Wilford Woodruff was in Nauvoo in the spring of 1844. He left on May 9th on a missionary and “Joseph Smith for President of the USA” campaign trip to the east and returned to Nauvoo on August 6th, 1844.
Wilford Woodruff’s life is well chronicled, thanks to his own pen and to the diligent scholarship of others. Among those scholars were the authors of “Images of Wilford Woodruff’s Life: A Photographic Journey,” who wrote: “[H]e left an incredibly detailed handwritten record, spanning over sixty years, of just about everything he did and experienced.”
Alexander L. Baugh, “Images of Wilford Woodruff’s Life: A Photographic Journey,” in Banner of the Gospel: Wilford Woodruff, ed. Alexander L. Baugh and Susan Easton Black (Provo, UT: Religious Studies Center, Brigham Young University; Salt Lake City: Deseret Book, 2010), 1–64.
Fifty years ago, Nelson Wadsworth wrote:
“The prophet, who was thirty-eight in 1844, did record that he “sat for a drawing of my profile to be placed on a lithograph of the map of the city of Nauvoo.” He also casually mentioned sitting for his portrait in oils but did not once record posing for a daguerreotype. Although he made no such entry in his history, there is strong circumstantial evidence that he was photographed, and that the photographer was Lucian Foster.
The omission of such an entry is understandable since these were trying days for Joseph Smith. Just when Foster photographed Smith is now a matter of sheer conjecture. The most likely time would have been around the state presidential convention which met in Nauvoo May 17, 1844, and nominated Smith for the presidency of the United States.”
Nelson Wadsworth, “Zion’s Cameramen: Early Photographers of Utah and the Mormons,” in Utah Historical Quarterly, Volume 40, Number 1, 1972, pages 28, 29.
Wadsworth’s 1972 conjecture on when Lucian Rose Foster captured an image of Joseph Smith, Jr., remains in play in 2022. Wadsworth was certain that the Daguerrean image existed. Wilford Woodruff, the Fourth President of the Church of Latter-Day Saints was thirty-seven years old when Joseph Smith was murdered in 1844. Woodruff’s doppelganger happened to be in Nauvoo. In 2022 nothing seems certain, which just might be the true state of all things past and present.
Is it just an odd coincidence that the First President of the Church of LDS and the Fourth had a Daguerreotype of his doppelganger made in Nauvoo in 1844 by F. Grice? Or was Francis Henry Grice Foster’s Daguerreotypist? Did “F. Grice’s” black skin force him to be a surrogate, albeit a brilliant and talented “stand-in”?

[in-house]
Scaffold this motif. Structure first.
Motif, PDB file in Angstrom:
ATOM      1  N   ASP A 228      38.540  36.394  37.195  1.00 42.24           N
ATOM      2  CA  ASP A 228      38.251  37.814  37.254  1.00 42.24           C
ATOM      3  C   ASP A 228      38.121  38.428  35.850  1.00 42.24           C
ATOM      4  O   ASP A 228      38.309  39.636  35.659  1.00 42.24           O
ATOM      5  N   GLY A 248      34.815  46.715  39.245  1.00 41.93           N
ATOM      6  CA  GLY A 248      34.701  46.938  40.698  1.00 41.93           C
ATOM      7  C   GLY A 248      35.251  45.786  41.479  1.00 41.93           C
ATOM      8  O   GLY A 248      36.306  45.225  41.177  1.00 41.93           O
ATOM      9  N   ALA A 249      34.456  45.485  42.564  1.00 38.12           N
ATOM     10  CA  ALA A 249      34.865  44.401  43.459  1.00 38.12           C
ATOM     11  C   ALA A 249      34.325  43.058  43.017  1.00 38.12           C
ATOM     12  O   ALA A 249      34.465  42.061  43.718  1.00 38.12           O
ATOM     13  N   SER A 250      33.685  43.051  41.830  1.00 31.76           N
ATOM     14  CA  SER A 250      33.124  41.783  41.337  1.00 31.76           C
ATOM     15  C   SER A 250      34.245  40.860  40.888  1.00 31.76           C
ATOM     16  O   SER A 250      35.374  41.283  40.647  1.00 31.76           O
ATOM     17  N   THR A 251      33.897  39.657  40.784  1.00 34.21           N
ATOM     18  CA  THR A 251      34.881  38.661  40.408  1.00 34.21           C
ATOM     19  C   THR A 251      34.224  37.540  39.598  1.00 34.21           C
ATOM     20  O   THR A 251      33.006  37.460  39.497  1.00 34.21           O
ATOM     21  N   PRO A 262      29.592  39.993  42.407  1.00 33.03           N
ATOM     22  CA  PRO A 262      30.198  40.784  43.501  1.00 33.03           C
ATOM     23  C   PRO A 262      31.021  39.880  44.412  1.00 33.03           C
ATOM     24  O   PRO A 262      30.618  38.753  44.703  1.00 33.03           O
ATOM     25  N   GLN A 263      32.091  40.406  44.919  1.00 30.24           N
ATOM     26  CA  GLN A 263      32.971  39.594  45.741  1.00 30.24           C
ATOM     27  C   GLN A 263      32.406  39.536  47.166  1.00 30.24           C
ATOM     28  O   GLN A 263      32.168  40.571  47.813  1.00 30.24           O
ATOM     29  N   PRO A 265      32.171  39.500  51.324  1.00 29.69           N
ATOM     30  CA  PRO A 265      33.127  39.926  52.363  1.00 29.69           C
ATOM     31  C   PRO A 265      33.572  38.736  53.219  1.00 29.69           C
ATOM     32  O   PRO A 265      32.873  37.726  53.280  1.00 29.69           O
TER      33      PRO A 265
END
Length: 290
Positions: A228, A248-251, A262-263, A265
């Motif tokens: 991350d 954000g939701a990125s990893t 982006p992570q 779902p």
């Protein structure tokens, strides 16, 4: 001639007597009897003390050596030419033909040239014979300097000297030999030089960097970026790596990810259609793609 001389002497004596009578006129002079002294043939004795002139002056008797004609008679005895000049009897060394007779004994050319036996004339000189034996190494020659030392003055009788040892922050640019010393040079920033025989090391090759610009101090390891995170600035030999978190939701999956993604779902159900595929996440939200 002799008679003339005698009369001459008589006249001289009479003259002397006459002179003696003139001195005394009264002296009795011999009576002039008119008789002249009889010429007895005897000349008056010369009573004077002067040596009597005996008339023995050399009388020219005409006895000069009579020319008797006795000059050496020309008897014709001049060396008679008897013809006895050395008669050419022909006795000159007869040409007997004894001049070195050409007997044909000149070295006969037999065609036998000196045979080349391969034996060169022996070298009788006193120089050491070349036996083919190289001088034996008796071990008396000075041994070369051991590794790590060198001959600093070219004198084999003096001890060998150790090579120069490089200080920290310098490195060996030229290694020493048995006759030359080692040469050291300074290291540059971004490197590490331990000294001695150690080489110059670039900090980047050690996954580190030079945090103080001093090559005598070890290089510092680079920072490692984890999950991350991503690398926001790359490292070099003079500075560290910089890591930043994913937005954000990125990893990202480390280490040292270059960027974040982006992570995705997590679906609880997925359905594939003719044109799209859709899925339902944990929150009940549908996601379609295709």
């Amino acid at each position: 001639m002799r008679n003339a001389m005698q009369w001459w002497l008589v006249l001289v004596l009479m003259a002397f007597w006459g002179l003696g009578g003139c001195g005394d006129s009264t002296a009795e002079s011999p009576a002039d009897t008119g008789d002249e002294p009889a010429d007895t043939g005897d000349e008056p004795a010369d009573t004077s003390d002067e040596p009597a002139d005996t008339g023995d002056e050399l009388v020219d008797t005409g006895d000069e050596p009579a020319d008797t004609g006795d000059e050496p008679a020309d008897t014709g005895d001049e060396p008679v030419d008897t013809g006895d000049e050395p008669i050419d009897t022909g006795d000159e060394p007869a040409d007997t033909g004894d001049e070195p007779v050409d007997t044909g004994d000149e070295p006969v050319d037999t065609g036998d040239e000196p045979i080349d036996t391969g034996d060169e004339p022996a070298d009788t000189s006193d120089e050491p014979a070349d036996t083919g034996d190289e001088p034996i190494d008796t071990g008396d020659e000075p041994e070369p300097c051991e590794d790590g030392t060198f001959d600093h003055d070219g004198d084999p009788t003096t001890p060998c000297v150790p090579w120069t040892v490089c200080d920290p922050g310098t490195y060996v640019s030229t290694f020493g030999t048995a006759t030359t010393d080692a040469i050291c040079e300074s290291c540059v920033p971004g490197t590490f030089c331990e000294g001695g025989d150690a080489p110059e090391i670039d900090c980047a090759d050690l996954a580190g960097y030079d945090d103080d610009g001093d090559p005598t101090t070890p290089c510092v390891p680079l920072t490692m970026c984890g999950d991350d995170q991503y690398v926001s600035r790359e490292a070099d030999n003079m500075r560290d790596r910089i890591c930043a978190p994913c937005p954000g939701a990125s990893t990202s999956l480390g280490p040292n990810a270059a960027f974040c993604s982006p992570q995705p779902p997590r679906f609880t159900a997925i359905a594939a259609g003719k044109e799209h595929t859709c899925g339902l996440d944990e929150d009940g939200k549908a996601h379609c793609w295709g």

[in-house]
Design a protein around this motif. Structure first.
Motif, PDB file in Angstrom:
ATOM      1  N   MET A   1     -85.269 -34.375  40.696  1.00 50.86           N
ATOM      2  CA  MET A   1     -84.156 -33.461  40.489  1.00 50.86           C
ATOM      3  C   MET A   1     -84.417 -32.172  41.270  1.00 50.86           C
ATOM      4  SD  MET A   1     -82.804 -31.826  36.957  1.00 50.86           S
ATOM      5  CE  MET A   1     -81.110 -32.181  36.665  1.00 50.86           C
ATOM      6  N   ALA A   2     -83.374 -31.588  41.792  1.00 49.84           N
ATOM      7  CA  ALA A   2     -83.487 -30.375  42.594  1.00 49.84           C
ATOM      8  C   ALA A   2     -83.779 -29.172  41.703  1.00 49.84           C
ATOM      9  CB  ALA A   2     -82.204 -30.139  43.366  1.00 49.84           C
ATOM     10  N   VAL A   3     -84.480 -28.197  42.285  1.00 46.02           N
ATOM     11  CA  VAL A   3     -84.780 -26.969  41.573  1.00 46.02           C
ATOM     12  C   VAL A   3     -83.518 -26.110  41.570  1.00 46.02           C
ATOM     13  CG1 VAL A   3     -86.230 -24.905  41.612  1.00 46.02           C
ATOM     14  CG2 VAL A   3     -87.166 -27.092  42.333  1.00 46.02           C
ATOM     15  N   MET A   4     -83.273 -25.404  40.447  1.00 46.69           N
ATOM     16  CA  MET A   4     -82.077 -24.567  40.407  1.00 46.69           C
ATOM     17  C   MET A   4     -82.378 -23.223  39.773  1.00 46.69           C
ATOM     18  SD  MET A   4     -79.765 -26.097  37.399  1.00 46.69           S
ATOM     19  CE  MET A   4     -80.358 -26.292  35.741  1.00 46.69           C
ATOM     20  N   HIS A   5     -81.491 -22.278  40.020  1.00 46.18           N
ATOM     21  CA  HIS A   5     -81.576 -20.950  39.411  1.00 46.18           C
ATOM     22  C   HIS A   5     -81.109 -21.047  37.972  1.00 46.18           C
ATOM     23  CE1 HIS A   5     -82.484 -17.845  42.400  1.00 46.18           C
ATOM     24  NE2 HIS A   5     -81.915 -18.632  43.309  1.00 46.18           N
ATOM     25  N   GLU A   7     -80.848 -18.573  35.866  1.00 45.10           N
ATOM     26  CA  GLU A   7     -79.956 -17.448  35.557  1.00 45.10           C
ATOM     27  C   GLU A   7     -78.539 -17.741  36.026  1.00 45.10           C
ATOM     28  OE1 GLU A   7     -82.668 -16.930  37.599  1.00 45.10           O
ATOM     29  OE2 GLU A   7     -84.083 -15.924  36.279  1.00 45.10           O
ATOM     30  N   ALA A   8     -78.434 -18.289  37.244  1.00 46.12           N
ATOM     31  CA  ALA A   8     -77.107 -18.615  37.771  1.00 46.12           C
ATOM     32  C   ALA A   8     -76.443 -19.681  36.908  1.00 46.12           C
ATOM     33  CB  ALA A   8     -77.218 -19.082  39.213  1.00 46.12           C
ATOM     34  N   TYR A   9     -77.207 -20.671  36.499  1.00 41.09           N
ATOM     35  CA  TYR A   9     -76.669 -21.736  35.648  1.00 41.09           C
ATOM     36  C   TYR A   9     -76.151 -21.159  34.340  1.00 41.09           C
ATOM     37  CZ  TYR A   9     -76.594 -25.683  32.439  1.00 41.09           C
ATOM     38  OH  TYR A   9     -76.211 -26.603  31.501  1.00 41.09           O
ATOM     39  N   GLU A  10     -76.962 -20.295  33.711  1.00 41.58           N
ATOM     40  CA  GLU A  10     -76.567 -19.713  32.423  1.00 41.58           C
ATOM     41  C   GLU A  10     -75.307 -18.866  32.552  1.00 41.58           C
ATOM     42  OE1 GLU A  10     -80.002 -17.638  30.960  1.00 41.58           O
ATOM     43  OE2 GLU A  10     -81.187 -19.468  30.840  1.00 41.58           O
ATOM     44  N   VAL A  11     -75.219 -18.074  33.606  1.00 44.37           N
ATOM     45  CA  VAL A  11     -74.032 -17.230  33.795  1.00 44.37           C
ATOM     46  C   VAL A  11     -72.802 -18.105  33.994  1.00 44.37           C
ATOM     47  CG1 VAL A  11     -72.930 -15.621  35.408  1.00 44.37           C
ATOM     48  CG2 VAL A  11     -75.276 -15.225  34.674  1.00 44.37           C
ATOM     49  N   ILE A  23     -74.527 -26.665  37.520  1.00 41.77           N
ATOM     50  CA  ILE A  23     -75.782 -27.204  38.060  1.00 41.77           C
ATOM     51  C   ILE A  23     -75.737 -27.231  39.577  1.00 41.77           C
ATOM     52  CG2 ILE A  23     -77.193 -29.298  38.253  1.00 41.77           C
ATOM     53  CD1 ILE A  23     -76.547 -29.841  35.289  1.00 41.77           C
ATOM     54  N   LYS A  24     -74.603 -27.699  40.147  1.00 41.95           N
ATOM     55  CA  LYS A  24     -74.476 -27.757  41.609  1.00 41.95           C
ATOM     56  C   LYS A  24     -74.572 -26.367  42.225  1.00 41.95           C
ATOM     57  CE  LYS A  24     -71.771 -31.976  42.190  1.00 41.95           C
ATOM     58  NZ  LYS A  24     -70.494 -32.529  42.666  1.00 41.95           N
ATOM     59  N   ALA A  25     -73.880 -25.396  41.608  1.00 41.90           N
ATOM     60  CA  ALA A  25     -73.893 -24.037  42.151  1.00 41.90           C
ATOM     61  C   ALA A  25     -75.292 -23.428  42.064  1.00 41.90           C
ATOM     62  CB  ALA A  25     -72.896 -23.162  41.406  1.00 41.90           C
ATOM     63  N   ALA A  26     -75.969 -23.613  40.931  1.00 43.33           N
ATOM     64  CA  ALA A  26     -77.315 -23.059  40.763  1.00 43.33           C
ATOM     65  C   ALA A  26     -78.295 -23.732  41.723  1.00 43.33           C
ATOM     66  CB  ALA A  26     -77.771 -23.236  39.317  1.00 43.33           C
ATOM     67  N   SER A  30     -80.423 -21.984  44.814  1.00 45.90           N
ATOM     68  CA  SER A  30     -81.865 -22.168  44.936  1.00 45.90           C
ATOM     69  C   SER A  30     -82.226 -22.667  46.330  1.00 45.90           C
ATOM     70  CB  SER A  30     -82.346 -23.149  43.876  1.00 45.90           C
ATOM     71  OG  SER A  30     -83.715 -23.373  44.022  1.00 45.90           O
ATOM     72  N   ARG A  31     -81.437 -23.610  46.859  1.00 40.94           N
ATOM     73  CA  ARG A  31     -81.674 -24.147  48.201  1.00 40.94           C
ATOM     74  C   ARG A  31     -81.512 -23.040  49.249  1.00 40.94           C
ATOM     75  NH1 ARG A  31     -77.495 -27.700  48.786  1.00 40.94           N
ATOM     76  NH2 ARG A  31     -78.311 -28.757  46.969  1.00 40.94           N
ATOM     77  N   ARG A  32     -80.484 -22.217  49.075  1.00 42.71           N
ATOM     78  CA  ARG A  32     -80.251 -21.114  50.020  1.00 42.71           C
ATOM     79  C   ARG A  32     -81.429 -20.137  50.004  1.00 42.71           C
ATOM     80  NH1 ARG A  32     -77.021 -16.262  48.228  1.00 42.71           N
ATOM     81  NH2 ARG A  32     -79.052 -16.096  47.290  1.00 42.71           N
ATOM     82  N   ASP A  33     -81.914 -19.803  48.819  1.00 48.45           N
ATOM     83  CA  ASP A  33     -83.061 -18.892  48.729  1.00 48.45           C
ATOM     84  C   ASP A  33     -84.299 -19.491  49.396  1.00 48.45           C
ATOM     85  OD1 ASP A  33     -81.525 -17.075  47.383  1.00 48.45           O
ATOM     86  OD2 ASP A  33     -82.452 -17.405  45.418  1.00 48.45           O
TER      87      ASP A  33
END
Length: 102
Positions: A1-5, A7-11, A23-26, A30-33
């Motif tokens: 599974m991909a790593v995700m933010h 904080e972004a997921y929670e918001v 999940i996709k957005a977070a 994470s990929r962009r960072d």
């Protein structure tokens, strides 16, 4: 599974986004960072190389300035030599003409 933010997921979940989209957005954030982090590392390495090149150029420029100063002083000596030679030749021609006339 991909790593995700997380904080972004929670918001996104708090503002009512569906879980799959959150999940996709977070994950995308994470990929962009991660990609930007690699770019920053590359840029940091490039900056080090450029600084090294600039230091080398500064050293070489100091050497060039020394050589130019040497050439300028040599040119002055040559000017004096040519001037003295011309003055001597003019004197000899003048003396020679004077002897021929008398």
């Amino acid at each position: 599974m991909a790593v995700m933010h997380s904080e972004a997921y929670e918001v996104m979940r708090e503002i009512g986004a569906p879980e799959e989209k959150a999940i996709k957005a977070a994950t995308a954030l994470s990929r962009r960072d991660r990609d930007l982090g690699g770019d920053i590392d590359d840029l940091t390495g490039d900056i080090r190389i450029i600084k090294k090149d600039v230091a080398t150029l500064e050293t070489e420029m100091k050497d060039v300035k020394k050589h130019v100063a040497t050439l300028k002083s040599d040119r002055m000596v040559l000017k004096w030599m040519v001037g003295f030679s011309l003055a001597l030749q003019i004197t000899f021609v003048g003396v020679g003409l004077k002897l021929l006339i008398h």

3 thoughts on “William Woodruff or Yet Another Nauvoo Francis Grice Doppelganger?”
On the subject of Doppelgangers, this may be of interest:
The advertisement for L. R. Foster’s daguerrotype service is timely and intriguing. I wonder if there is a similar advertisement in Nauvoo’s “Times And Seasons” newspaper?
BYU and the LDS appear to have accepted this attribution / identification as Wilford Woodruff, but has anyone used facial recognition software for a “second opinion”?
Kudos to Brother Ron Fox for spotting this daguerreotype. The article refers to L. R. Foster as Brother Foster. Do we know that Foster was a Mormon?
I have visited and overnighted in Nauvoo, and explored some of its intrigue and mystery. The Nauvoo Mansion referred to for Foster’s studio is, of course, the home of Joseph Smith, and also became, in effect, a B&B, and thus a location for Foster’s workshop.
Lucian Rose Foster was a Mormon – he was the head of the NYC group. He gave Joseph Smith a pencil case in Nauvoo (JS Letters). He was also a Mason, as was Francis Grice – Grice was active in a Black Masonic Lodge in California in the 1860’s. Grice has been said to have been a Mormon (Ruth Carter, for example) but I doubt it. He was a active member of the African Methodist Episcopal Church in SLC and San Fran. Foster left the LDS group and went with the Strang contingent. see: Lucian R. Foster – Wikipedia. He had a Dag studio ad in the Hancock (County) Eagle in April 1846, presumably in Nauvoo. (Apparently, a microfilm copy of the short-lived Eagle exists per LOC). For some reason, Foster was in SLC in 1876, where he died. I have yet to find a single Dag that can be linked to Foster by physical evidence (like a debossed brass surround, etc.)
Facial recognition on Dags is tough since finding an iron-clad proven image to c/w is often impossible. Death masks are problematic also. Some think the Hyrum and Joseph masks have been switched, for example.
Thanks for the info!